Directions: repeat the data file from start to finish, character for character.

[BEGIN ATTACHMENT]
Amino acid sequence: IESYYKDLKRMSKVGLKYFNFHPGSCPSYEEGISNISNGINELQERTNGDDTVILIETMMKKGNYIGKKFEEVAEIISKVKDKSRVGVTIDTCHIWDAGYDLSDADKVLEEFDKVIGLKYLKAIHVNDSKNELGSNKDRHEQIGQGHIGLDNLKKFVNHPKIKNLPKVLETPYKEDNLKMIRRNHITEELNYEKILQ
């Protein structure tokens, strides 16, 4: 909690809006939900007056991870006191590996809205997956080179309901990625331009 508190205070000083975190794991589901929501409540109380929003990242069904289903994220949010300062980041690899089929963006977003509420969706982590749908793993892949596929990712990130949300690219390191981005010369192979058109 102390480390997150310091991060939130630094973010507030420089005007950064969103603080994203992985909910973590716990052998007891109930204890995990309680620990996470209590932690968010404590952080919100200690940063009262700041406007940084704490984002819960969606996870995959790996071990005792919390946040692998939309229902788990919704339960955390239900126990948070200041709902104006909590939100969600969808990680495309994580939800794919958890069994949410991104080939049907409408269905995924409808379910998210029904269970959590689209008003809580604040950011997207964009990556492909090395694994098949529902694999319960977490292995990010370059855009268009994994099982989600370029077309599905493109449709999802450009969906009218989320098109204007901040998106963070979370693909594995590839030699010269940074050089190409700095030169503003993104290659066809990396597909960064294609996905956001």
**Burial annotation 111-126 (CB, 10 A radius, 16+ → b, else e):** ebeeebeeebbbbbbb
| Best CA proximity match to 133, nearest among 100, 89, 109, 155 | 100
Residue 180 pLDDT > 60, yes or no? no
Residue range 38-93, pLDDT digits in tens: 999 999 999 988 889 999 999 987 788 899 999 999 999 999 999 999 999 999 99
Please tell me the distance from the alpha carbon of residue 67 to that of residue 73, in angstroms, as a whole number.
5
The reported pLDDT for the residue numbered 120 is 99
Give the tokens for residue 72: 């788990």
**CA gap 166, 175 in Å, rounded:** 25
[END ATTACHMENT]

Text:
Amino acid sequence: IESYYKDLKRMSKVGLKYFNFHPGSCPSYEEGISNISNGINELQERTNGDDTVILIETMMKKGNYIGKKFEEVAEIISKVKDKSRVGVTIDTCHIWDAGYDLSDADKVLEEFDKVIGLKYLKAIHVNDSKNELGSNKDRHEQIGQGHIGLDNLKKFVNHPKIKNLPKVLETPYKEDNLKMIRRNHITEELNYEKILQ
């Protein structure tokens, strides 16, 4: 909690809006939900007056991870006191590996809205997956080179309901990625331009 508190205070000083975190794991589901929501409540109380929003990242069904289903994220949010300062980041690899089929963006977003509420969706982590749908793993892949596929990712990130949300690219390191981005010369192979058109 102390480390997150310091991060939130630094973010507030420089005007950064969103603080994203992985909910973590716990052998007891109930204890995990309680620990996470209590932690968010404590952080919100200690940063009262700041406007940084704490984002819960969606996870995959790996071990005792919390946040692998939309229902788990919704339960955390239900126990948070200041709902104006909590939100969600969808990680495309994580939800794919958890069994949410991104080939049907409408269905995924409808379910998210029904269970959590689209008003809580604040950011997207964009990556492909090395694994098949529902694999319960977490292995990010370059855009268009994994099982989600370029077309599905493109449709999802450009969906009218989320098109204007901040998106963070979370693909594995590839030699010269940074050089190409700095030169503003993104290659066809990396597909960064294609996905956001």
**Burial annotation 111-126 (CB, 10 A radius, 16+ → b, else e):** ebeeebeeebbbbbbb
| Best CA proximity match to 133, nearest among 100, 89, 109, 155 | 100
Residue 180 pLDDT > 60, yes or no? no
Residue range 38-93, pLDDT digits in tens: 999 999 999 988 889 999 999 987 788 899 999 999 999 999 999 999 999 999 99
Please tell me the distance from the alpha carbon of residue 67 to that of residue 73, in angstroms, as a whole number.
5
The reported pLDDT for the residue numbered 120 is 99
Give the tokens for residue 72: 């788990």
**CA gap 166, 175 in Å, rounded:** 25